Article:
New Earrings (Ugly Cane School Part 3)

I have pretty much exhausted my supply of ugly canes, but I think I have put them to good use.

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These earrings are what can happen when you chop up ugly canes in a mini chopper.  (I found one like this  at a thrift shop for $6.00) and add a few lumps of contrasting clay for interest.

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Another example

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So I have all these components that I plan to take  with me to Clayathon to play around with and try new combinations for earrings.    I have also been experimenting with making my own clay cutters with this kit I got on Amazon.  I will post a tutorial and a review in the future.

I’ll have a  lot to keep me busy!  Clayathon starts February 12 and goes until February 20.  A week of polymer bliss with Kathleen Dustin as this year’s guest artist.  It just doesn’t get any better than that.

 

Ugly Cane School Part Two

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Did someone say ugly canes?  How is working with this waste clay supposed to get me out of my creative slump?  I won’t say these are the ugliest canes in the world (at least they have some contrast.  Well,  of them anyway), but they do not thrill me.

I decided to slice and bake this time with the idea that I could turn out components that would look good in earrings.    I must say that I was partly inspired by these cutters I bought at Clayathon from Linda Prais of Linda’s Art Spot .
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But cool cutters will not turn ugly canes into pretty ones:

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Here’s an attempt to turn some of those less than perfect canes into earring components.  Not too successful, but I am learning.  “It’s like dating,” I tell myself. “You learn what you like by learning what you don’t like.”   Well, I am sure learning what I don’t like.

 

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Aaugh!  Oodles and oodles of ugly components.  Most of them will go into the trash can.  But I am learning and I am even starting to be inspired.  More next week.

 

Ugly Cane School and Some Inspiration

I must confess that I have been singularly uninspired these past few weeks.  This hardly ever happens to me.  I’m back in the pottery studio and even threw a few pots last week which is great considering that I had CMC joint reconstruction surgery in October.

I have amassed a collection of canes over the years that I haven’t used and that have become crumbly with age.  A few years ago, I played with a bunch of them to see what I could come up with.   Today,  I dug up a few of the components I made and they’re not bad.  I think I’ll take a few to Clayathon and see if I can combine them with wire work to make some necklaces.    In the meantime,  I am going to dig through my old canes to see if I can do anything with them.  More on that next week.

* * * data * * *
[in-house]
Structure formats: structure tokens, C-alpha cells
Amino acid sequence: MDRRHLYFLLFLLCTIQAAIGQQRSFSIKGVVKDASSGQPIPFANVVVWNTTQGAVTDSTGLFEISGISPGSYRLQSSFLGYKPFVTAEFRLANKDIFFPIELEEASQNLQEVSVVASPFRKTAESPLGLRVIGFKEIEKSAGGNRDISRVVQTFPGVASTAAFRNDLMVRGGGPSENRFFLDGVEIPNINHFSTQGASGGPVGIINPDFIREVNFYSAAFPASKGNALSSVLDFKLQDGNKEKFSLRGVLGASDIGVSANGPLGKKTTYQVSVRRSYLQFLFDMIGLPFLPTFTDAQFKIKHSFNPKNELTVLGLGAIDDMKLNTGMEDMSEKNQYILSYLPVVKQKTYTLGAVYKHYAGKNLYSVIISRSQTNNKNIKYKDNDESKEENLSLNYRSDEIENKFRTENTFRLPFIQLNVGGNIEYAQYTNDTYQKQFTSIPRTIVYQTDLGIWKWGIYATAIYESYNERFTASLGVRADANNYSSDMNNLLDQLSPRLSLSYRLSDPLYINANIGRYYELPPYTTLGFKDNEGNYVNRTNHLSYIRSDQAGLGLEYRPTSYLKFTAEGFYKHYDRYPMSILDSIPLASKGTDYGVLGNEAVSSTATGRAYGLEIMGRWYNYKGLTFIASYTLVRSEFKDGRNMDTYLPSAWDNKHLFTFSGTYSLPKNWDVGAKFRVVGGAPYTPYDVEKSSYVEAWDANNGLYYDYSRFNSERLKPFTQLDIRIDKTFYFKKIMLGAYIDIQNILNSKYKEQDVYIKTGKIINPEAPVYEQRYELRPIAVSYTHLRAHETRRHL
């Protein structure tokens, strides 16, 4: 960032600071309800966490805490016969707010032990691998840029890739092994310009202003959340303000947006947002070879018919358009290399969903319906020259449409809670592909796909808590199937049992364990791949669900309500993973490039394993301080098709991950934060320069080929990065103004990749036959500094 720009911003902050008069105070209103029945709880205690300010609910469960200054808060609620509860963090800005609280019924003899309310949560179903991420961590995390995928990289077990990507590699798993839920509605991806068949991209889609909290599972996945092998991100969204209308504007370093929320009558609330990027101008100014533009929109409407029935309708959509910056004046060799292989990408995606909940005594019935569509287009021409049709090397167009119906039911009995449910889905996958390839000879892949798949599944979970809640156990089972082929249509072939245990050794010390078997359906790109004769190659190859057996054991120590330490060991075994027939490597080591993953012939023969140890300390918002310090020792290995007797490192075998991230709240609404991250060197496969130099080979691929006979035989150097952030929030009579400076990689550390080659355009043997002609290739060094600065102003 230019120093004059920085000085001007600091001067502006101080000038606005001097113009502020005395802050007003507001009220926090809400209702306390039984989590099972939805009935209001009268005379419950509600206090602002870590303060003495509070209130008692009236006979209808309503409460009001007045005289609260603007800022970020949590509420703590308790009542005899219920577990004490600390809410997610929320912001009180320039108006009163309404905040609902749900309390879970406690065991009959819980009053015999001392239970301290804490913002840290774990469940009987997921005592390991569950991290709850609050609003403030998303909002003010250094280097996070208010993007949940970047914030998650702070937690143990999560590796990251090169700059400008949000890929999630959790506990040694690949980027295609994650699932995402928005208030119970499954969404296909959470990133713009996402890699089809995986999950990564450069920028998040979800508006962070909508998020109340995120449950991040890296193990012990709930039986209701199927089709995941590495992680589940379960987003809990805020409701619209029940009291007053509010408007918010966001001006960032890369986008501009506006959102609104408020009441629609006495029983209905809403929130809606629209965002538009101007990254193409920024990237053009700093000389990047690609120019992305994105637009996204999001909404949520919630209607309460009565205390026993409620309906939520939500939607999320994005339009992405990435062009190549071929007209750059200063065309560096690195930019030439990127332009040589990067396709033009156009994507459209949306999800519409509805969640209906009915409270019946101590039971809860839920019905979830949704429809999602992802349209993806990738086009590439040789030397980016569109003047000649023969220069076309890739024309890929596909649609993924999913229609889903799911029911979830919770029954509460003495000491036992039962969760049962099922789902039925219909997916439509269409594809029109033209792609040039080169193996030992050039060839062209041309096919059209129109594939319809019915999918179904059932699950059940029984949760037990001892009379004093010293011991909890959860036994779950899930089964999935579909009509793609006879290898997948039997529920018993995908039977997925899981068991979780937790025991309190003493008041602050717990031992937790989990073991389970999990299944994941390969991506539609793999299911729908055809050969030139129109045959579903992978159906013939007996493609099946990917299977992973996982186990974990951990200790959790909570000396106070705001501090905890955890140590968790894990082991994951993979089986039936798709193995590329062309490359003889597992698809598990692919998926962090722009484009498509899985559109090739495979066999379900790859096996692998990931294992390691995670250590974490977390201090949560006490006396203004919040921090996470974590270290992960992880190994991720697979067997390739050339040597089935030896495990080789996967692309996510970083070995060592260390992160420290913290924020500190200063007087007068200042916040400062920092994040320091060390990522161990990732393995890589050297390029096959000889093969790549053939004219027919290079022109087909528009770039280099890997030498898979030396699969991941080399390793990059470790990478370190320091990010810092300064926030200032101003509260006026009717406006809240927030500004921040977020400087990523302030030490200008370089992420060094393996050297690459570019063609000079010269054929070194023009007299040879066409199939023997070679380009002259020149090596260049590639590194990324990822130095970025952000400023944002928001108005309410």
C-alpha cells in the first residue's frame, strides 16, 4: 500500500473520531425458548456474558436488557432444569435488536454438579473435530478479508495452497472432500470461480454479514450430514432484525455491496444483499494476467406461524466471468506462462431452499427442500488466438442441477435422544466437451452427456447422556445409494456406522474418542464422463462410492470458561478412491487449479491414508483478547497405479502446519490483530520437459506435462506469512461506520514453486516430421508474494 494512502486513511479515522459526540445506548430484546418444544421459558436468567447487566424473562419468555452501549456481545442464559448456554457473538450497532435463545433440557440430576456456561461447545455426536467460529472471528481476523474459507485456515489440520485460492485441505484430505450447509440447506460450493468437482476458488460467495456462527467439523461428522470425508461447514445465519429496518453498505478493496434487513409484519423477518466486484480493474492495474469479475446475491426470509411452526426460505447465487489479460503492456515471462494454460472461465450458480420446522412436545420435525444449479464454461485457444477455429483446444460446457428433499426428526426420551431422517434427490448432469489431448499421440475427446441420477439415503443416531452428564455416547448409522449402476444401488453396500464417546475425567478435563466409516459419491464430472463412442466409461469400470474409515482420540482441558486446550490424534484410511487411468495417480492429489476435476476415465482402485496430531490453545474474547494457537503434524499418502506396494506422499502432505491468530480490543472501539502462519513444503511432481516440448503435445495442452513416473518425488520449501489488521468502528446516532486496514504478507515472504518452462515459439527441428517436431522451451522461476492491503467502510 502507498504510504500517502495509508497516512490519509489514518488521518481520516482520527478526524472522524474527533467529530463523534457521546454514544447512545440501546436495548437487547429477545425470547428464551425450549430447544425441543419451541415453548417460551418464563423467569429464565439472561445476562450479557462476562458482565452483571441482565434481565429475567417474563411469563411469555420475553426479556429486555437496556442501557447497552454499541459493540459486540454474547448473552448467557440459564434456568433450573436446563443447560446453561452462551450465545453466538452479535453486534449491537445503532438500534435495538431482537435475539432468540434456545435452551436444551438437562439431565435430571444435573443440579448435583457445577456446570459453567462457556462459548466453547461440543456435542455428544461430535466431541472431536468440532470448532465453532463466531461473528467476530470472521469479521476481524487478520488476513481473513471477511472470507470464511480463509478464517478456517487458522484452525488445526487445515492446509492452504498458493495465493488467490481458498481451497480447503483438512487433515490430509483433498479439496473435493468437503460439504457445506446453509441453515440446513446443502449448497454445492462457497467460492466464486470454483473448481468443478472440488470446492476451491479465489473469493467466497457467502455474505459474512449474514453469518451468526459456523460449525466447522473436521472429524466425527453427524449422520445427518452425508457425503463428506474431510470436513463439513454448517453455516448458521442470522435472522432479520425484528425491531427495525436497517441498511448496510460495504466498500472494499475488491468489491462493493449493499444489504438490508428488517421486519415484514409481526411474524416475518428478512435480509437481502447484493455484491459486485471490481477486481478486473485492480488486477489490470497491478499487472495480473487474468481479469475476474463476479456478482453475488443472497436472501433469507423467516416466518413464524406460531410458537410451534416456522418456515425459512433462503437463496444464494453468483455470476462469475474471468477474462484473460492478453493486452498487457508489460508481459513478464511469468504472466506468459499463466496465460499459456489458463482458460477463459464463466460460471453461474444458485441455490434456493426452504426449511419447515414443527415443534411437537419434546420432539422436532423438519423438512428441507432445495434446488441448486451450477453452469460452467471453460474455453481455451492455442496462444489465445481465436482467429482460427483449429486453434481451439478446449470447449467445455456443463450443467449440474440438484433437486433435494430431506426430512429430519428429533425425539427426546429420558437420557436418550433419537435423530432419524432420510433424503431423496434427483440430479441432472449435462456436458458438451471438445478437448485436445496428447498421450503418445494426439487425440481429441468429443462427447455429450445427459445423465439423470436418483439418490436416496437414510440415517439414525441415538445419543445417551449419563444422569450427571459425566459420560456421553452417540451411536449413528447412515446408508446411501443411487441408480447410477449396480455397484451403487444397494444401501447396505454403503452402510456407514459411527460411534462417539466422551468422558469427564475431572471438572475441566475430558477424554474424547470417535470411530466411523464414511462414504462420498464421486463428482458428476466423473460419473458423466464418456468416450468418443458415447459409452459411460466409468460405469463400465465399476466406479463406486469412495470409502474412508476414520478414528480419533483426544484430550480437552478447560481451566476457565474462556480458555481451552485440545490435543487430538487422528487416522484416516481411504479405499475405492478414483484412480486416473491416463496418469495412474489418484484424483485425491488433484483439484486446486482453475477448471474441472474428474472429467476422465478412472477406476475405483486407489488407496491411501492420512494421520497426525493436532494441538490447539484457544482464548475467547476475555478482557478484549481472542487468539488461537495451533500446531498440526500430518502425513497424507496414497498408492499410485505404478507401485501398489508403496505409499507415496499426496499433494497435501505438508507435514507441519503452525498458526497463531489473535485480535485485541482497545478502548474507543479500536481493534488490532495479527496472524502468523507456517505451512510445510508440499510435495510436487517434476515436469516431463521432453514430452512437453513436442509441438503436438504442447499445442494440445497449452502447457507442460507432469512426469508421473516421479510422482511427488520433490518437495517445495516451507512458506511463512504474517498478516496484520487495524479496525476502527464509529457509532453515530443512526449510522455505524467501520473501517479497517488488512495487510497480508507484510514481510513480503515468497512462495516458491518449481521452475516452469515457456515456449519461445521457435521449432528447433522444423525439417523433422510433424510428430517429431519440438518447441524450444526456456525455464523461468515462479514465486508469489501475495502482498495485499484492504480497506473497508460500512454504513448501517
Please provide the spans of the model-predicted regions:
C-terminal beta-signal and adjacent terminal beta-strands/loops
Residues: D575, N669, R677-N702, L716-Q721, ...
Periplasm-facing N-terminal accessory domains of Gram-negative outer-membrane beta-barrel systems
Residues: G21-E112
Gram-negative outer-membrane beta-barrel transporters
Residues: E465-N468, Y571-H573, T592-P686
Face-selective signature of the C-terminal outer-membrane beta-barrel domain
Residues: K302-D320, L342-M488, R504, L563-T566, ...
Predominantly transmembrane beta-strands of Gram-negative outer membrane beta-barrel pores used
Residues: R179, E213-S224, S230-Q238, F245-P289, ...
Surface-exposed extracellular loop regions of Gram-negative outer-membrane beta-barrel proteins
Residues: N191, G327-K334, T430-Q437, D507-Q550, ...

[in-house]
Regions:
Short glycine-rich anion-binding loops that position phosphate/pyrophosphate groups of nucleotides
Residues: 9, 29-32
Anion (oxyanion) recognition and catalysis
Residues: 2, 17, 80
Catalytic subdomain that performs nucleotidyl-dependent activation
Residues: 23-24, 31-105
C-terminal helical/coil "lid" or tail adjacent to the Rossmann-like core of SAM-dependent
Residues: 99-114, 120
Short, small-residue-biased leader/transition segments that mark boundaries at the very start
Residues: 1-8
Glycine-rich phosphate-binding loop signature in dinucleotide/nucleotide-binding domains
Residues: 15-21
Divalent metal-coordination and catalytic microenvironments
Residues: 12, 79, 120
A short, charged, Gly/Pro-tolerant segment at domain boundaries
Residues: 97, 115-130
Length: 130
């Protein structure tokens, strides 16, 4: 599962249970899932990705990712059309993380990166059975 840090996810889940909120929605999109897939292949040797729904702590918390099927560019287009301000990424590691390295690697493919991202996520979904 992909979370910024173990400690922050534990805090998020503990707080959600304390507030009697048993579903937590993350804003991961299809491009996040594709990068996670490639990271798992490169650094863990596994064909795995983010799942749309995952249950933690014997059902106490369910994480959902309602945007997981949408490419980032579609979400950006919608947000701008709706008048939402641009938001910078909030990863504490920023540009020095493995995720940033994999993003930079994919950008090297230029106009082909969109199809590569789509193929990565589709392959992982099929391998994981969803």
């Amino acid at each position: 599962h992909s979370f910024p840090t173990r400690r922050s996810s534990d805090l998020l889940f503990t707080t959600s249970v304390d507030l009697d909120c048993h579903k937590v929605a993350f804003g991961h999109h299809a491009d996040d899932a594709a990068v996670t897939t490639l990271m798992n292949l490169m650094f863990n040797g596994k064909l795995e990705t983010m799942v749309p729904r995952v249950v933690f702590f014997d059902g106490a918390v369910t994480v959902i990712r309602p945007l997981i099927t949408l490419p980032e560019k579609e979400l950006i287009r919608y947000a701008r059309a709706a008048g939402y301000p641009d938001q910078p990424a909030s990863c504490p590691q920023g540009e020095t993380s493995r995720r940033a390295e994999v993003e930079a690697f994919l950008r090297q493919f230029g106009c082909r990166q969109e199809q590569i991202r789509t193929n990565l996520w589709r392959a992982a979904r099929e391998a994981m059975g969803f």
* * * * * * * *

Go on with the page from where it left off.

Anyway, here are some results from my first ugly cane experiment.  I made veneers by passing sliced canes through the pasta machine and laminating them on sheets of clay.  I kept rolling and laminating until I came up with something interesting.  I set some of the pieces in metal, mostly heavy-gauge copper wire which I squared in my rolling mill.   I limited my color palate, something I did not do with the ugly cane experiments you will see next week. Let’s see where these ugly canes take me.

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Lentil-shaped component
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Unfinished piece.  I was still trying things out.

I made some pendants using jump rings to attach the lentil-shaped front component to a back component. While most lentil beads are attached at the edges, the parts of these swing freely.

 

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I also tried different ways of setting the polymer bezels in the metal.  This one is suspended by a jump ring drilled into the big ring which is soldered onto the long bail

I attached the polymer piece to this pendant by drilling holes in the polymer and threading 30 gauge wire to wrap around the metal frame.

 

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I attached the polymer here with tabs I soldered onto the frame and bent around the polymer.  Read this post for more information on tab setting.

 

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Simple earrings with grommets and silver wire.   They are very light.

More examples of  uses for ugly canes next week.

A Cane Slicer on the Cheap!

I am gearing up for Clayathon 2020. I haven’t touched polymer in a while but started working with it again recently because I figured it would be good therapy for my hand and thumb.